Both during and after periods of meth use, CBD is showing promise as a craving-reducing agent.
A study in the Journal of Psychopharmacology entitled “Cannabidiol Treatment Reduces the Motivation to Self-Administer Methamphetamine and Methamphetamine-Primed Relapse in Rats,” both actively using and recently “clean” rats in this two-fold experiment showed decreased affinity for methamphetamine when regularly given CBD.
In this finding and almost every other study that examines CBD’s relapse-preventing power, the research indirectly points to a therapeutically relevant tendency of CBD: lipophilicity.
“The love of fat” means something different on a neurochemical level than it does to an increasingly overweight populous.
In this instance, CBD’s lipophilic nature allows it to linger in the system for long periods of time by seeking out fatty tissues and slowly being absorbed by them.
Even if CBD use is stopped (shortly) before methamphetamine use is stopped, it may still have a relapse-preventing effect in those critical days following full cessation.
In the case of alcoholism and other drug addictions, CBD has shown its efficacy as an impulsivity-controlling agent.
This particular application differs from those mentioned above in that it involves the less tangible mental health elements related to addiction: anxiety and impulsivity.
A study published in the journal Neuropsychopharmacology cites the now well-established correlation between impulsivity and alcohol abuse: CBD “prevented development of impulsive choice” in alcohol-dependent rats.
After CBD administration, alcohol-dependent rats were able to identify and choose a gradually building, long-lasting reward over the immediate gratification of more alcohol.
It’s important to note for future therapeutic purposes that non-alcohol-dependent rats were unaffected by CBD in terms of their decision to take the alcohol or not.
This adds validity to the above concept of non-competitive inhibition, implying that CBD is more effective at treating addiction than preventing it.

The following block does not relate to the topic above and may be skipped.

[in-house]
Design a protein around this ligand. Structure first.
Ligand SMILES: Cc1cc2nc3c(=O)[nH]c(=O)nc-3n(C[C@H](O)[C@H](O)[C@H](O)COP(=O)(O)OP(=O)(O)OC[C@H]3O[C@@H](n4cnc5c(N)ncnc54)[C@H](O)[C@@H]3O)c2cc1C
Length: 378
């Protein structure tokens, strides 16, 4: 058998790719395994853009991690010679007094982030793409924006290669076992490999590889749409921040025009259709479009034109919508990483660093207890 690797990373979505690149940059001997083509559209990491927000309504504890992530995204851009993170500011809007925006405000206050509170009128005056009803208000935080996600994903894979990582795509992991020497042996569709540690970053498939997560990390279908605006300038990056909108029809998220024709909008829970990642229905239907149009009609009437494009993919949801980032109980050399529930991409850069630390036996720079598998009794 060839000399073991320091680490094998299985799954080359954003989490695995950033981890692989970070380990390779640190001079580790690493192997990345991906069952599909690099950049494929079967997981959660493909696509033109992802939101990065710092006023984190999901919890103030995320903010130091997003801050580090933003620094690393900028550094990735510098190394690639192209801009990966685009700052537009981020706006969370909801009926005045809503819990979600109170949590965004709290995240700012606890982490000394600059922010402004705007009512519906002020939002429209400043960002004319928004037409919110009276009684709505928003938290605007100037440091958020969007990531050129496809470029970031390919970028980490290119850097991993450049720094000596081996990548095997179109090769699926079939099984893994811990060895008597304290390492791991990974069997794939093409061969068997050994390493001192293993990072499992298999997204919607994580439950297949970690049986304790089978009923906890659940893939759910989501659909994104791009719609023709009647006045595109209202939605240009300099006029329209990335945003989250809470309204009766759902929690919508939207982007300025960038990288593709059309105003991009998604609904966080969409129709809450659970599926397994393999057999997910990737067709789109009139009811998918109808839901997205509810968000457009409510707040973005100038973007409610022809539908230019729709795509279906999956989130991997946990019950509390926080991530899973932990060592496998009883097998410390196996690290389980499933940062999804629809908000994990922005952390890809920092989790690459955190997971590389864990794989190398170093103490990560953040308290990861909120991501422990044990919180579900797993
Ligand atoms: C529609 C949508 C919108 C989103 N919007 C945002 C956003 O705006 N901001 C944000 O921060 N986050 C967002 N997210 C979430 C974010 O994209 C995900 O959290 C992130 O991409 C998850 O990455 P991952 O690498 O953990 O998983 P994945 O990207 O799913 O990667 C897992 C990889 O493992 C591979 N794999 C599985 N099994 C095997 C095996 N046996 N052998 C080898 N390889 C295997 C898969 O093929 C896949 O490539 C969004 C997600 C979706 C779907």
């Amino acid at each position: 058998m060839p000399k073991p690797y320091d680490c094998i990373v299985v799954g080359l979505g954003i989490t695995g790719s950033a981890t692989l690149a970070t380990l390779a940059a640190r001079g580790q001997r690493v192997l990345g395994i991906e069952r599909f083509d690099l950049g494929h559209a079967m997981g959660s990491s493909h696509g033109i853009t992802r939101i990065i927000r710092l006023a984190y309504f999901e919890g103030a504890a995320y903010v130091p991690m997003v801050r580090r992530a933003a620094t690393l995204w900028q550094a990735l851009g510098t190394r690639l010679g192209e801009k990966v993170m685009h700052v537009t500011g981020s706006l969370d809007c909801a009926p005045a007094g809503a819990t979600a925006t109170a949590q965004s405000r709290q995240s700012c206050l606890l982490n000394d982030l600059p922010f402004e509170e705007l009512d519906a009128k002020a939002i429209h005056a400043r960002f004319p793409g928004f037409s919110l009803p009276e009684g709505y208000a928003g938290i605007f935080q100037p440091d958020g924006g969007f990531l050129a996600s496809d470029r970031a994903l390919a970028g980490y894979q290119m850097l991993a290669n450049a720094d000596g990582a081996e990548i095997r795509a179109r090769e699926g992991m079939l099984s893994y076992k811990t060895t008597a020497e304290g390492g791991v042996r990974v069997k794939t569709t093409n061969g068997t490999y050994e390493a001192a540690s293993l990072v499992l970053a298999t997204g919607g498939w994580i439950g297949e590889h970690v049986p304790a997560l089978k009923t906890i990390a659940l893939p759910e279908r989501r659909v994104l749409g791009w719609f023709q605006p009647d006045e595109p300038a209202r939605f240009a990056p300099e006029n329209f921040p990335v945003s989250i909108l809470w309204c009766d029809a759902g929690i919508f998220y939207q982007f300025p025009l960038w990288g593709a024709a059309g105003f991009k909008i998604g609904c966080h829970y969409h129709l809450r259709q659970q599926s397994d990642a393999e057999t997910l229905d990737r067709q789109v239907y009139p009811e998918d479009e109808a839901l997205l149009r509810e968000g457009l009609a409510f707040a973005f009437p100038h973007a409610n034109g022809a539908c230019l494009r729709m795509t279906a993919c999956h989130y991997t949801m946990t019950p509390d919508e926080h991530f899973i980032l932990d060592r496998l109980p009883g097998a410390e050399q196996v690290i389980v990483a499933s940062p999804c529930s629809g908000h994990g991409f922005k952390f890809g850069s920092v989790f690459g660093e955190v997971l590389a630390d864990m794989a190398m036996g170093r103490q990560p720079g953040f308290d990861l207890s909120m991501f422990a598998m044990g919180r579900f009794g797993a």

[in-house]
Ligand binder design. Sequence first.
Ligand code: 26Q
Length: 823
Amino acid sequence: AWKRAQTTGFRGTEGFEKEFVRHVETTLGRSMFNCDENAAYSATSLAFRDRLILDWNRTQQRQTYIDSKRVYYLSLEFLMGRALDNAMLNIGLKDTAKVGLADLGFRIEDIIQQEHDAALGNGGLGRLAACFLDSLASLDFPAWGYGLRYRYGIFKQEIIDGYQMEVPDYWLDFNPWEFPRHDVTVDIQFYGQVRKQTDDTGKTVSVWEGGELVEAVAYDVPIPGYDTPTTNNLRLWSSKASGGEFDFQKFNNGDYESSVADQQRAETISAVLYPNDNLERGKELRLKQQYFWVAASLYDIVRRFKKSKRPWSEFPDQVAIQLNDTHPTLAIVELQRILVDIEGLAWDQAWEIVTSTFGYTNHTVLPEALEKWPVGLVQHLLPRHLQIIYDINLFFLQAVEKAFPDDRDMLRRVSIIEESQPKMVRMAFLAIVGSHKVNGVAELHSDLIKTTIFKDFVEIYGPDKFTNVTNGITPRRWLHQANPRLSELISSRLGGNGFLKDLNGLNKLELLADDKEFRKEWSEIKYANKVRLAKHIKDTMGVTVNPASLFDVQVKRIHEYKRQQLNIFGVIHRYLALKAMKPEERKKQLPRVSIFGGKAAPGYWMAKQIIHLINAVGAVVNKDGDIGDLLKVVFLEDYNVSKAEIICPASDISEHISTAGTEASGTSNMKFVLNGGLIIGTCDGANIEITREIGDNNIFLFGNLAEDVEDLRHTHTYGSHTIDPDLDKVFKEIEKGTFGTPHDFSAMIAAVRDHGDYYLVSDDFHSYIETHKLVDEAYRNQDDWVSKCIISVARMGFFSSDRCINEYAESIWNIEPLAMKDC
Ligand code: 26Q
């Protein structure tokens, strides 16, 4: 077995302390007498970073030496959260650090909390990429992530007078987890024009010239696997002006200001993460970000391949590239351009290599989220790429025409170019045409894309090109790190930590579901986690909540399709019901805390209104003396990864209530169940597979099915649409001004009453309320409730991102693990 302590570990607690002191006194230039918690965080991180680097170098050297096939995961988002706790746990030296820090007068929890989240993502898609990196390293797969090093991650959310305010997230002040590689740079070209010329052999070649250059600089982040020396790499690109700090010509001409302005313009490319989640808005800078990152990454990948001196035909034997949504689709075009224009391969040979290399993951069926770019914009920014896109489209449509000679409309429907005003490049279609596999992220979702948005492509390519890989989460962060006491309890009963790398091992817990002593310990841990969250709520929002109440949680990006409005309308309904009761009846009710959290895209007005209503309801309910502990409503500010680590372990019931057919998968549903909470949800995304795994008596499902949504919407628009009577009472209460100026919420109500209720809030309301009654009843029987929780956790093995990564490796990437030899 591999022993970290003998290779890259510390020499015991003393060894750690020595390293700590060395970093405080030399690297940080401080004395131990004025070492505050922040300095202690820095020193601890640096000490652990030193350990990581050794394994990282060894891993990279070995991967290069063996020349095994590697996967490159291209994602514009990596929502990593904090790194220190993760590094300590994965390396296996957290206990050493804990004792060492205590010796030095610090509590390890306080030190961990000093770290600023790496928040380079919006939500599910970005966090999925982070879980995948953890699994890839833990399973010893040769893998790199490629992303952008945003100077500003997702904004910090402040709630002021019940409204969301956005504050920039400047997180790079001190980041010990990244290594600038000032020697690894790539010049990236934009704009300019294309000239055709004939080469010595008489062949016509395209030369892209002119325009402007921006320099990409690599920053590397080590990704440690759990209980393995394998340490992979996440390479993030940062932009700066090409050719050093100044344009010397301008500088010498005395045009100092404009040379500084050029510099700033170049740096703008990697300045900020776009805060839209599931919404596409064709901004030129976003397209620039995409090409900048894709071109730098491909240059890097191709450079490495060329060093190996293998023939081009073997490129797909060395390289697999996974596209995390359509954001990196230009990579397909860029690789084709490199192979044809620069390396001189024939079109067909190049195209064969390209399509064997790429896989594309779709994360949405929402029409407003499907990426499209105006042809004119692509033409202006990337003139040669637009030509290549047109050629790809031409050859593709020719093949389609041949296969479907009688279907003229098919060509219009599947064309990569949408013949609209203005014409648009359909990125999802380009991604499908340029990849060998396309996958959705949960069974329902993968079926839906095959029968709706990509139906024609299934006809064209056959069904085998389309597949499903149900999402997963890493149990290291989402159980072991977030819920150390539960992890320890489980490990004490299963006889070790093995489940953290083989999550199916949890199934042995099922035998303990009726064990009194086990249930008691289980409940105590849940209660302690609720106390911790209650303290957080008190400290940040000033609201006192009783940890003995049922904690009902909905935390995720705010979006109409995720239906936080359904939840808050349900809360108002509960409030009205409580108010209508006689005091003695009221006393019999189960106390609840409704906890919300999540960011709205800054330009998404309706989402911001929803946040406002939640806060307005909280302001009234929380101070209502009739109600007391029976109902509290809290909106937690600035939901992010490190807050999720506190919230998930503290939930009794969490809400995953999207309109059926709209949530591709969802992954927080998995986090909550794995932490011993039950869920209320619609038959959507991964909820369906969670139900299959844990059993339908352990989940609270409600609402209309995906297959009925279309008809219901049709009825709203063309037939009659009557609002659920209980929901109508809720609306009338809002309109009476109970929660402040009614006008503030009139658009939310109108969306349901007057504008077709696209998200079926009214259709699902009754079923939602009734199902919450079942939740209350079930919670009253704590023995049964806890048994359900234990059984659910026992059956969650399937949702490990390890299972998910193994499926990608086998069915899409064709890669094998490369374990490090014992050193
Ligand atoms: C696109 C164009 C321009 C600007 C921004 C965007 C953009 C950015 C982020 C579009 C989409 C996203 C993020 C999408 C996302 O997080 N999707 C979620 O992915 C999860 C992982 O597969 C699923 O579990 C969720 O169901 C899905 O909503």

Political barriers notwithstanding, if CBD is to solidify its place as a potentially game-changing addiction treatment in the near future, several developments need to occur.
First and foremost, the research needs to both expand on and then refine the focus on dosage and application specifics—we’re building the “what,” but we need the “how.”
These are just a few among many needed points of clarification that regulating bodies and increasingly discerning consumers alike will continue to demand from the CBD industry.
The research also needs to ramp up its efforts in identifying as many CBD interactions as possible, both with the body’s own receptors/substances and with medications or drugs.
Finally, we need to dive much deeper into the behavioral effects of CBD.
As it stands currently, the research is mostly concentrated around cut-and-dry neurochemical effects, e.g., the above mentions of CBD as a non-competitive inhibitor at key opioid, dopamine, and other receptors.
A closer examination of the relationship between CBD and the mental health triggers to drug-seeking behavior could potentially open up a promising avenue of treatment for long-time addicts, severe cases, and new cases alike.
The evidence will determine whether or not CBD transcends the realm of subjective accounts of success to a regulated and standardized addiction treatment protocol.
It’s up to the industry to bring that evidence forward.